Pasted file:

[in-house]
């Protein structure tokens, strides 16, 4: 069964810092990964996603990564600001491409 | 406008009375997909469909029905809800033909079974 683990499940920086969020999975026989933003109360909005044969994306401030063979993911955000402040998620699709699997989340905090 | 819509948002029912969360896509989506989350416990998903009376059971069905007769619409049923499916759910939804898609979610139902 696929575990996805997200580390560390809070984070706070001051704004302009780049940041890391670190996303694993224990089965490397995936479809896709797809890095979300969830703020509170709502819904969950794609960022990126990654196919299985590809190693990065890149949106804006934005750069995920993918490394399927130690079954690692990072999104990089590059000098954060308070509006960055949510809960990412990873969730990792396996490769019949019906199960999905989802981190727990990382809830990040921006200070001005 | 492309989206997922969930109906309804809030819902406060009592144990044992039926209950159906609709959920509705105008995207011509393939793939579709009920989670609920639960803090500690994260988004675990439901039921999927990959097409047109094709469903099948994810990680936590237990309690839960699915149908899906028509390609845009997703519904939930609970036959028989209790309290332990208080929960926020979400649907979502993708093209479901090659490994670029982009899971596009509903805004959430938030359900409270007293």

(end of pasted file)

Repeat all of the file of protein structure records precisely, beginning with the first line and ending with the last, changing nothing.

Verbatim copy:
[in-house]
């Protein structure tokens, strides 16, 4: 069964810092990964996603990564600001491409 | 406008009375997909469909029905809800033909079974 683990499940920086969020999975026989933003109360909005044969994306401030063979993911955000402040998620699709699997989340905090 | 819509948002029912969360896509989506989350416990998903009376059971069905007769619409049923499916759910939804898609979610139902 696929575990996805997200580390560390809070984070706070001051704004302009780049940041890391670190996303694993224990089965490397995936479809896709797809890095979300969830703020509170709502819904969950794609960022990126990654196919299985590809190693990065890149949106804006934005750069995920993918490394399927130690079954690692990072999104990089590059000098954060308070509006960055949510809960990412990873969730990792396996490769019949019906199960999905989802981190727990990382809830990040921006200070001005 | 492309989206997922969930109906309804809030819902406060009592144990044992039926209950159906609709959920509705105008995207011509393939793939579709009920989670609920639960803090500690994260988004675990439901039921999927990959097409047109094709469903099948994810990680936590237990309690839960699915149908899906028509390609845009997703519904939930609970036959028989209790309290332990208080929960926020979400649907979502993708093209479901090659490994670029982009899971596009509903805004959430938030359900409270007293």